Hong Kong has lost its crown to Singapore in a global ranking of economic freedom released by a Canadian think tank on Tuesday. It said Beijing’s growing interference and eroding confidence in the city’s rule of law were reasons behind the decline, prompting the local government to slam the claims as “totally groundless.”
The Fraser Institute, a public policy think tank headquartered in Vancouver, said on Tuesday that Beijing’s crackdown on civil and political dissent in Hong Kong had taken a toll on the city’s economic freedom.
“This is the first year Hong Kong has not ranked number one on the index since its inception, and the expectation is that its score will only fall further as the Chinese Communist Party (CCP) continues to suppress freedom of all sorts,” said Fred McMahon, a resident fellow and holder of a research chair in economic freedom at the Fraser Institute.
But, in a Tuesday press release, the Hong Kong government dismissed the claims by the think tank as “factually wrong” and “totally groundless,” saying that it had been “fully, faithfully, and resolutely implementing the principles of ‘one country, two systems’, ‘Hong Kong people administering Hong Kong’ and a high degree of autonomy” based on the Basic Law, the city’s mini-constitution, and that “Hong Kong has entered a new stage of advancing from stability to prosperity.”
Hong Kong falls to second for the first time
The Fraser Institute published its latest annual Economic Freedom of the World report on Tuesday, which saw Hong Kong slip from its top position to second – the first time since the institute’s research began in 1996.
Singapore rose from second in the 2022 edition to top, out of 165 jurisdictions included in the report, edging out Hong Kong by a margin of 0.01 points.
The report examined regulations, freedom for international trade, the size of government, legal system and property rights, and sound monetary policies to measure people’s freedom to make their own economic decisions. The 2023 report is based on data from 2021, the last year with available statistics across jurisdictions.
Hong Kong saw a 0.25-point decline in regulation components, and a 0.20-point decline in legal system and property rights components, gaining an overall score of 8.55 out of 10 – a 0.40 drop from 2019 – as Singapore scored 8.56 to take the top spot.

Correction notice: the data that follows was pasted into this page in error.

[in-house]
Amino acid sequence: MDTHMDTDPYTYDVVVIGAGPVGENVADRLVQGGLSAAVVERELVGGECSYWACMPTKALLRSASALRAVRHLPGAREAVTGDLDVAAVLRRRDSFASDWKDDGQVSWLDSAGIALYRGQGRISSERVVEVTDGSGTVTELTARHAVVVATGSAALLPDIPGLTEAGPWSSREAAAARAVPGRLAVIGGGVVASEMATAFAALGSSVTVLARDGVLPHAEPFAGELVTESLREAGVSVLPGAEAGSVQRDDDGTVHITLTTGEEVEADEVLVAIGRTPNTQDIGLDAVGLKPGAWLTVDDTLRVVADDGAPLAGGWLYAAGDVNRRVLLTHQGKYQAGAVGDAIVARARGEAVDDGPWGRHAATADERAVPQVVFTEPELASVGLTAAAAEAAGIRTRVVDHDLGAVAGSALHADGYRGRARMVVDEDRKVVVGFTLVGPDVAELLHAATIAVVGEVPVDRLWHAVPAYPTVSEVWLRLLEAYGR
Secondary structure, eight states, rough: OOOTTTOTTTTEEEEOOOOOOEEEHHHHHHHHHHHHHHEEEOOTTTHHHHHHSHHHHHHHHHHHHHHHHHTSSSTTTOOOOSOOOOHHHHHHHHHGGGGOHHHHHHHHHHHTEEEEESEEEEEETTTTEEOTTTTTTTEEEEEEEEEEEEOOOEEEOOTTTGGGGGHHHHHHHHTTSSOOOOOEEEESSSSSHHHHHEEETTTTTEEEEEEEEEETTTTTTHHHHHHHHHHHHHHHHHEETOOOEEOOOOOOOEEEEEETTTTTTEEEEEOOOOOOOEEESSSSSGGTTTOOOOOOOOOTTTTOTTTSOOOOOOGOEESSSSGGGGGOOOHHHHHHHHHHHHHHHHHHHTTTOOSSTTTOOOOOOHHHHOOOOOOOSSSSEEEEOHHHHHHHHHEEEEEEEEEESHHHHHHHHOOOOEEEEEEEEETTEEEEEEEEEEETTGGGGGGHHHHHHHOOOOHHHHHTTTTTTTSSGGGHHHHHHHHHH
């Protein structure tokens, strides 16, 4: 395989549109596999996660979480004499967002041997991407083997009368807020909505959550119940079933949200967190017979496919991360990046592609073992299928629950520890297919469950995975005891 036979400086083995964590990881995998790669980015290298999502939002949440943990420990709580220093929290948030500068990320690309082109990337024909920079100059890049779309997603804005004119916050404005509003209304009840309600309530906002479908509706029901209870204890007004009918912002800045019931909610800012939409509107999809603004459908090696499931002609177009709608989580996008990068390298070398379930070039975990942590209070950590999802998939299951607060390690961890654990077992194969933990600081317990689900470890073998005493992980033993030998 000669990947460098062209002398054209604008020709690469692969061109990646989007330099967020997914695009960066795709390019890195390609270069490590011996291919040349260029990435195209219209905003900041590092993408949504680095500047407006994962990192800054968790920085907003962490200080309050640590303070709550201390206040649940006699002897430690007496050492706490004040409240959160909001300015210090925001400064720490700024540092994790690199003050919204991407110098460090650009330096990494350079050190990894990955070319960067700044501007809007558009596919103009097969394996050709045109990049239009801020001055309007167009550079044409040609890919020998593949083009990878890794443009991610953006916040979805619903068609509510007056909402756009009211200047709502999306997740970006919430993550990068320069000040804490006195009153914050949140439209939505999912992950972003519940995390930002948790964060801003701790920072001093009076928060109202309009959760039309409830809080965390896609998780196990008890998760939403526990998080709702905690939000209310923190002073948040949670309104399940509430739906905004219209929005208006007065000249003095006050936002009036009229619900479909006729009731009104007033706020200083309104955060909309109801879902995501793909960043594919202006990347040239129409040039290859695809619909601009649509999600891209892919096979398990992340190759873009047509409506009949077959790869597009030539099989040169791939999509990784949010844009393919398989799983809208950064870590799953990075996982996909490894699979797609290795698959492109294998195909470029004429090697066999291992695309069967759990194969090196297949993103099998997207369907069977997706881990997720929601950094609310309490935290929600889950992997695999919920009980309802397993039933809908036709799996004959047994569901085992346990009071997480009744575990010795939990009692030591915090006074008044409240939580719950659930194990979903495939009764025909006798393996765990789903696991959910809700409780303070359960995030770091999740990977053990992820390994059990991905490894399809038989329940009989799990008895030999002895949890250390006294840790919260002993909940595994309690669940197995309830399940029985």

The institute highlighted new barriers to entry, limits on the employment of foreign labour, and increases in the cost of doing business as reasons for the decline in regulation scores. Meanwhile, “increased military interference'” in the rule of law, and eroding confidence in the court and the judicial system were factors accounting for the lower scores in the legal sector.
“Hong Kong’s recent turn is an example of how economic freedom is intimately connected with civil and political freedom,” said Matthew Mitchell, senior fellow at the Fraser Institute. “The Chinese government’s aim was to crack down on political and civil dissent. These repressions… inevitably led to diminished economic freedom,” he added.
But the institute did not provide specific evidence of “military interference in the rule of law” in Hong Kong. McMahon, the resident fellow at Fraser, told HKFP that the institute had relied on the PRS Group, a geopolitical risk rating firm, for measuring the military’s involvement in politics.
“All our data are from third party sources so our judgments do not determine the scoring,” McMahon told HKFP by email. “I would only note their judgment seems consistent with publicly available information: the intimidating and greatly increased presence of the [People’s Liberation Army], directly under the control of the CCP, on the territory of Hong Kong.”
Government disputed claims
On Tuesday, a government spokesperson disputed the institute’s claims about new barriers to entry and limits on foreign labour employment as “unfound.”
“There is no change to the labour policy in [Hong Kong],” the spokesperson said.
The spokesperson also defended Hong Kong’s legal system and judicial independence and said that fundamental rights and freedom – including equality before the law – are guaranteed in the Chinese Constitution and the Basic Law.
“Under Article 14 of the Basic Law, military forces stationed by the Central People’s Government in the [Hong Kong] for defence shall not interfere in the local affairs,” the spokesperson said, adding that the Garrison Law also forbids any military interference in the city’s affairs.
The spokesperson added that the 2023 report had made “biased” comments about the implementation of the national security law, and the city had upheld national security as a top priority under the One Country, Two Systems framework.
The 2023 report mentioned the security law as part of Beijing’s economic and political crackdown in Hong Kong.
In June 2020, Beijing inserted national security legislation directly into Hong Kong’s mini-constitution – bypassing the local legislature – following a year of pro-democracy protests and unrest. It criminalised subversion, secession, collusion with foreign forces and terrorist acts, which were broadly defined to include disruption to transport and other infrastructure. The move gave police sweeping new powers, alarming democrats, civil society groups and trade partners, as such laws have been used broadly to silence and punish dissidents in China. However, the authorities say it has restored stability and peace to the city.
In 2021, Hong Kong was axed by Washington-based public policy group Heritage Foundation from its economic freedom index after topping the chart for 25 consecutive years, as the group said Hong Kong’s economic policies “ultimately controlled [by] Beijing.”
Switzerland ranked third in the 2023 report, with the US in the fifth place. Taiwan ranked 11th, Japan 20th, and China 111th.
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